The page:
When student nurses today hear this they are horrified. The culture shift from the 1980s through to today, with regards to smoking, has been massive, when you consider that now you can't smoke inside a pub or in a public building. This example causes me to consider other health behaviors such as diet and alcohol and think, is there the potential of a cultural shift in these areas that could have the same impact?

Alcohol use and obesity are a concern to me and to most health care professionals. Both are issues that cost our health service and, more importantly, the health and wellbeing of many people so heavily. Although, we are investing in prevention for both, I think, there's a lot more work that still needs to be done.

Ever since the big shift we made in smoking, I'm always hopeful that we can also get to a place where we have alcohol use and diet under healthier control.

What do you think needs to be done in order to enable this transition?

Every single healthcare professional should make it their business to consistently offer health and lifestyle support, offering education and advice around health behaviors, so that people feel informed.

For example, if you're a district nurse who's dressing a wound and you’re aware that the wound isn’t healing we would not just continue dressing that wound every day, we would step back and have conversations with the patient about health behaviors that may be contributing to poor healing such as nutrition, smoking or alcohol use.

It's not just giving an intervention, it's making sure you consider lifestyle factors that may contribute to impeding recovery, and those that will promote wellbeing and prevent problems in future.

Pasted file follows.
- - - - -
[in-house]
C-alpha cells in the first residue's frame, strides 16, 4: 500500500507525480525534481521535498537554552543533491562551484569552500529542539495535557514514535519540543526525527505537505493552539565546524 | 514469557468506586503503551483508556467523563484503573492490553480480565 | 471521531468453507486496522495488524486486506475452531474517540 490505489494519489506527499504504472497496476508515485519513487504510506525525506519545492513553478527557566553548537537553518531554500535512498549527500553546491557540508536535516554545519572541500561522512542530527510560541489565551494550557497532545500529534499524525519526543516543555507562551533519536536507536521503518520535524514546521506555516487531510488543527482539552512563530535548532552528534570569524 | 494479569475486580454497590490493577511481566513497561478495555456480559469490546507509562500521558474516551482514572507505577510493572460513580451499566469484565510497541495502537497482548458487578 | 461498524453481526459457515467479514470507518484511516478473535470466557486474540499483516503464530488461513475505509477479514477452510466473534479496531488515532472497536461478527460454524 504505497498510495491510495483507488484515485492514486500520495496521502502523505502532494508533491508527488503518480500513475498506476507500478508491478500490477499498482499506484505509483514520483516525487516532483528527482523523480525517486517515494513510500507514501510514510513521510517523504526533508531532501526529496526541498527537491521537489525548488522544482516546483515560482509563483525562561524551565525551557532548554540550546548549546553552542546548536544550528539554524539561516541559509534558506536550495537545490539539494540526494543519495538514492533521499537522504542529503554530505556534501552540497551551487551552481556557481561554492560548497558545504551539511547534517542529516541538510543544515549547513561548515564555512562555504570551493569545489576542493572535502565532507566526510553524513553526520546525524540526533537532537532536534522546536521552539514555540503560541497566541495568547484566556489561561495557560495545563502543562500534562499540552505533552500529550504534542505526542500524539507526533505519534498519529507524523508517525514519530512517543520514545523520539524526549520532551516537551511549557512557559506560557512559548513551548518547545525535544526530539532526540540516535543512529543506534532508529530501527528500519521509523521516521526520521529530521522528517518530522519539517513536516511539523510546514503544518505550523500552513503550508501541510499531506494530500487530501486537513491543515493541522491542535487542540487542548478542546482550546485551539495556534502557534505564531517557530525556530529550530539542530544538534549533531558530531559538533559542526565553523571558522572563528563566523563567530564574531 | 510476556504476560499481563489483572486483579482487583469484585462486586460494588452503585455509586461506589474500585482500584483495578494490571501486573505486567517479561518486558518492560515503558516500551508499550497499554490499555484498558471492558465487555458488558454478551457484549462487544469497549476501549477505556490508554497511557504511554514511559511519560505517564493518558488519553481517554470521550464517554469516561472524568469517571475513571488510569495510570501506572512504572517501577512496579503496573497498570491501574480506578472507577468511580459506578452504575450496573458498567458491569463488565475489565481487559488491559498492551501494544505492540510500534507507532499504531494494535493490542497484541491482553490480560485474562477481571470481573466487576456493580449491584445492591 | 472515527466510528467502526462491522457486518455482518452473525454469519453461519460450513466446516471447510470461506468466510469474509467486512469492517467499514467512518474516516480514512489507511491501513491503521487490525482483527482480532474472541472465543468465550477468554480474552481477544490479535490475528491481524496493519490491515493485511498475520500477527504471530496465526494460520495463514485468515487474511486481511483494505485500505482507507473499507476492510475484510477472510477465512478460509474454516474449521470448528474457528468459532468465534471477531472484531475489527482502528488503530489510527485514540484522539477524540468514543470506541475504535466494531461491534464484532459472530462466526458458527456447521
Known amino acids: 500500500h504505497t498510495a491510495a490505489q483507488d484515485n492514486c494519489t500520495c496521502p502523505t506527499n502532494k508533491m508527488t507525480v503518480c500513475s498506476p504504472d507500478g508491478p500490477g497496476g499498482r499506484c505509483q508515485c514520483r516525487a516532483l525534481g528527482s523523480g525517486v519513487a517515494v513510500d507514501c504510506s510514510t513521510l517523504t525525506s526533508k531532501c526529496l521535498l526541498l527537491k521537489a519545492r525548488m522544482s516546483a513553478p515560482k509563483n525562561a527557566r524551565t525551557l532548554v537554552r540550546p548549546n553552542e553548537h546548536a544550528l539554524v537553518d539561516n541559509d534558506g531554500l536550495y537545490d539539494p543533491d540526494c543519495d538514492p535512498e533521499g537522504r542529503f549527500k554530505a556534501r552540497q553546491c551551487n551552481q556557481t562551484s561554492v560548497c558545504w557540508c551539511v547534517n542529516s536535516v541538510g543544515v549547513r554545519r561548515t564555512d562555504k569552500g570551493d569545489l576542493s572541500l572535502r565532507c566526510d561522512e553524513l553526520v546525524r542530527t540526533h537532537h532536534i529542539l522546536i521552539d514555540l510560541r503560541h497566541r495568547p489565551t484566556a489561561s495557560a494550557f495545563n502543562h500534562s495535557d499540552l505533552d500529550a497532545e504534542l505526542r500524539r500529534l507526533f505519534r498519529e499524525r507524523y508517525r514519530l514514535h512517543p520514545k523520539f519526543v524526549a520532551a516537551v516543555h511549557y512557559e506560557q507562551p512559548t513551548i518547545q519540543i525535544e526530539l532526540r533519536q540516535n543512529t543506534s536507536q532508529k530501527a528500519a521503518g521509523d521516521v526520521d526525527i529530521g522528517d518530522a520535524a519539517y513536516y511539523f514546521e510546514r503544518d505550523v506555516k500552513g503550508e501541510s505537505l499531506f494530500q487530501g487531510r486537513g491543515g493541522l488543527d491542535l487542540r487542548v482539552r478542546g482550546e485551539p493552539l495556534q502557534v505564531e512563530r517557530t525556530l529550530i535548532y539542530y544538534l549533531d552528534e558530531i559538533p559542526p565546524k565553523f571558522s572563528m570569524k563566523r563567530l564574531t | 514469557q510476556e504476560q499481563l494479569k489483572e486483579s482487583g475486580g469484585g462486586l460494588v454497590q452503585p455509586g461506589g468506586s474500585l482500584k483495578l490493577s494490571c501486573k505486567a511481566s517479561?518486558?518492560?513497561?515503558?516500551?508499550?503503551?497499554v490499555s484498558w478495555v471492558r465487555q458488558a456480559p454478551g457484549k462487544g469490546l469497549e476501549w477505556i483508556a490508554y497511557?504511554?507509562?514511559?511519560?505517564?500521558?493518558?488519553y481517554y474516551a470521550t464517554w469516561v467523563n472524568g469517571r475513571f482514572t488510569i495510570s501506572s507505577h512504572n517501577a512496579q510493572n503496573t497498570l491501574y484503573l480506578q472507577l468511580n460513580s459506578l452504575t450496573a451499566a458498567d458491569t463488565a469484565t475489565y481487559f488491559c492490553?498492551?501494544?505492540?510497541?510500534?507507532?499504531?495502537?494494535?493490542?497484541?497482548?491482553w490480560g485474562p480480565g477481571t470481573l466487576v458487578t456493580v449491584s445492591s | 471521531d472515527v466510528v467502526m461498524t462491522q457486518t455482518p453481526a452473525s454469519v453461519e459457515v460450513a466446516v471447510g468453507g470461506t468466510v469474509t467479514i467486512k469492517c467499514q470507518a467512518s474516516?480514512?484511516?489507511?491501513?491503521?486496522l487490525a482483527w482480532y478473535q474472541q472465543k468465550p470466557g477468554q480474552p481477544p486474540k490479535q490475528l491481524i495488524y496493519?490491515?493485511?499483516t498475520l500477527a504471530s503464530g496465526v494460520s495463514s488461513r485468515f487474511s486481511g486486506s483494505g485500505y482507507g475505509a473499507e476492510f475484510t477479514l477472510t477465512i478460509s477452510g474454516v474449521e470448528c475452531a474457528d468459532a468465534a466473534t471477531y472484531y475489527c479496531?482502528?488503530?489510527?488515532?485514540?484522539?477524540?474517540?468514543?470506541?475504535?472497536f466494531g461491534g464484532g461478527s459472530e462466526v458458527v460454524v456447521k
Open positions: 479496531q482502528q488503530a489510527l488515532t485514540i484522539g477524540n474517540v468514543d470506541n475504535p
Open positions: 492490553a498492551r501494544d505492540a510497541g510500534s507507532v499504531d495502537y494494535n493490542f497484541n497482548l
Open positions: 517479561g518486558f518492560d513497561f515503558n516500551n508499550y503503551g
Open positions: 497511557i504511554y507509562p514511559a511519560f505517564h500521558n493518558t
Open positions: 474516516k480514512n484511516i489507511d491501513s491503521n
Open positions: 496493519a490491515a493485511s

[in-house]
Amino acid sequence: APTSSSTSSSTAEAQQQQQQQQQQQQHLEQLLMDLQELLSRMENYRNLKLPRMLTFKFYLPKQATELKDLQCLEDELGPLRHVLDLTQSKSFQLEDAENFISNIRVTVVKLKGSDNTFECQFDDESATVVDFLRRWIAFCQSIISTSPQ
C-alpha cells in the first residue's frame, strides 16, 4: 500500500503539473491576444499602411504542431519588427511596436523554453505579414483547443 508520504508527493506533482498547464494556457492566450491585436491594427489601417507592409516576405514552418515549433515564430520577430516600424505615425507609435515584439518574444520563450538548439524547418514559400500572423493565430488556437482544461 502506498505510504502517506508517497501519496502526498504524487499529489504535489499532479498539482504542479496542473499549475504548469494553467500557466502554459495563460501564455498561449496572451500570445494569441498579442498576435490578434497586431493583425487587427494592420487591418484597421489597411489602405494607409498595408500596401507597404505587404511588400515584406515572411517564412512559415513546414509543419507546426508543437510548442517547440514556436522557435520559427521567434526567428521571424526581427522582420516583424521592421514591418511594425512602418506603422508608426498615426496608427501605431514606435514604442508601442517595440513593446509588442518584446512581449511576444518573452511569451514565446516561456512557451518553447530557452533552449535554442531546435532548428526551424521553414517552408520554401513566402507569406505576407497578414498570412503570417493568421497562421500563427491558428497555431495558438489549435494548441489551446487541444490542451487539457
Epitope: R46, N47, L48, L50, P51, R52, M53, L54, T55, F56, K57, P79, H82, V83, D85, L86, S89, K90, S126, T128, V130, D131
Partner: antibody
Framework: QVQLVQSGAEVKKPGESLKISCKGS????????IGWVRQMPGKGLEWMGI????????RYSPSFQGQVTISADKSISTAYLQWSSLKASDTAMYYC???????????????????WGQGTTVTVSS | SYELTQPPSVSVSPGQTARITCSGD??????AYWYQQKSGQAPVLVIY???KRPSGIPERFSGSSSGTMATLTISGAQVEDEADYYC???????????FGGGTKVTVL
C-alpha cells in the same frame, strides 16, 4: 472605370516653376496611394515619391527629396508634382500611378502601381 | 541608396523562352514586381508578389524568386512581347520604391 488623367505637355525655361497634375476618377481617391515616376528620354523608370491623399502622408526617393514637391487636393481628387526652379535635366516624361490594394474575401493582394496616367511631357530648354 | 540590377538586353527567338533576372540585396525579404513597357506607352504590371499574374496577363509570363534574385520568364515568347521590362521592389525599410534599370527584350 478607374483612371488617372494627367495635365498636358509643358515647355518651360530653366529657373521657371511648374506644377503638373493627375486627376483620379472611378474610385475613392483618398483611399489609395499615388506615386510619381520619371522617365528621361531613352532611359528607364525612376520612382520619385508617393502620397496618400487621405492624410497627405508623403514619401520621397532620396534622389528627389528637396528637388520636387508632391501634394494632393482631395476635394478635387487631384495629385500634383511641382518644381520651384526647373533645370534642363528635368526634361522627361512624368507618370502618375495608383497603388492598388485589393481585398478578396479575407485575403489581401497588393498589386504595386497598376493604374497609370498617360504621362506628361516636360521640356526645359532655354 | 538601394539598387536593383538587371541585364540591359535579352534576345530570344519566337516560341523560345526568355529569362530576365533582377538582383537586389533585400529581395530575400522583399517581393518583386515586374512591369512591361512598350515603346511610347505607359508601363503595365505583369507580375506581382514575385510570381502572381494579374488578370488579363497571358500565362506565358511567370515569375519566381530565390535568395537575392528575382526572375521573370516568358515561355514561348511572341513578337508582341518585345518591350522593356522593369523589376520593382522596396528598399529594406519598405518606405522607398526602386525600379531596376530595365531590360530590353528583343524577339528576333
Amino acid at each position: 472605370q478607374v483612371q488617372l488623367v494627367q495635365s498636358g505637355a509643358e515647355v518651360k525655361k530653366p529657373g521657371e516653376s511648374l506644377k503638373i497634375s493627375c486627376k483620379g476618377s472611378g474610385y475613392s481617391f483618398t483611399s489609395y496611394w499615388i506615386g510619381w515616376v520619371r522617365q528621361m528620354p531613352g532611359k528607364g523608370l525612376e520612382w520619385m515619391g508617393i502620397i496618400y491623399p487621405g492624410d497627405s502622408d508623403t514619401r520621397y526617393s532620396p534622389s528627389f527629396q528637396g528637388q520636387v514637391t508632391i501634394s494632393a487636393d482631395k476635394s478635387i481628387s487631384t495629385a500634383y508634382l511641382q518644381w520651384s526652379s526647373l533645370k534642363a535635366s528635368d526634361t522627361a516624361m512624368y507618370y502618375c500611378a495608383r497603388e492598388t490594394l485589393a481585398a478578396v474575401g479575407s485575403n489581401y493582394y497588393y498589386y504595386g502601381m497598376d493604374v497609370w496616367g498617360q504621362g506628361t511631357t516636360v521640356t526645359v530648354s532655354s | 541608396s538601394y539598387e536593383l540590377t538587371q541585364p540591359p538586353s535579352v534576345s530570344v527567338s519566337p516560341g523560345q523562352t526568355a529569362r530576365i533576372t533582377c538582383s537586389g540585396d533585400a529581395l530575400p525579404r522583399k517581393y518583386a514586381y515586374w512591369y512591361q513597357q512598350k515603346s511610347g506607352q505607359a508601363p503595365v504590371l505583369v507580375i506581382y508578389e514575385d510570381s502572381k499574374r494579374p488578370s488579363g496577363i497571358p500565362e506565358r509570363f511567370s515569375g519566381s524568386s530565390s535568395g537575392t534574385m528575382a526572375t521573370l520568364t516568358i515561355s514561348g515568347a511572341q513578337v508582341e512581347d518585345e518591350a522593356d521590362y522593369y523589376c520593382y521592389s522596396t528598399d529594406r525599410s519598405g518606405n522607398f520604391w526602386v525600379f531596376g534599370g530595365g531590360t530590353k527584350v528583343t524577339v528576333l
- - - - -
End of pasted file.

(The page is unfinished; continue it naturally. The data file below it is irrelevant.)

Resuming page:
Please can you outline the Five Year Forward View first put forward in October 2014?

The Five Year Forward View was set out by Simon Stevens in October, 2014. He proposed changes to the NHS which we need to make going forward. We know we've got increasing demand on the NHS and we all know we've got a challenging financial climate; yet we still want a health service with free care at the point of delivery.

The Five Year Forward View has many aspects, which includes the proposition that the population need to take more control of their own health, and essentially there needs to be a radical improvement in prevention and public health.

We need providers of health and social care to be a lot more integrated. At the moment health and social care often don’t feel joined up, with health care being primarily within the NHS and social care sitting largely with the local authority. What we need are integrated services so that those people who are receiving health and social care feel like it's seamless.

We've got some great initiatives up and down the country, particularly in vanguard sites, that are demonstrating the ability of health and social care services to work together. These need to grow so that people receive services in a way that feels joined-up, with staff working together within integrated systems to offer effective, holistic health and care to our service users.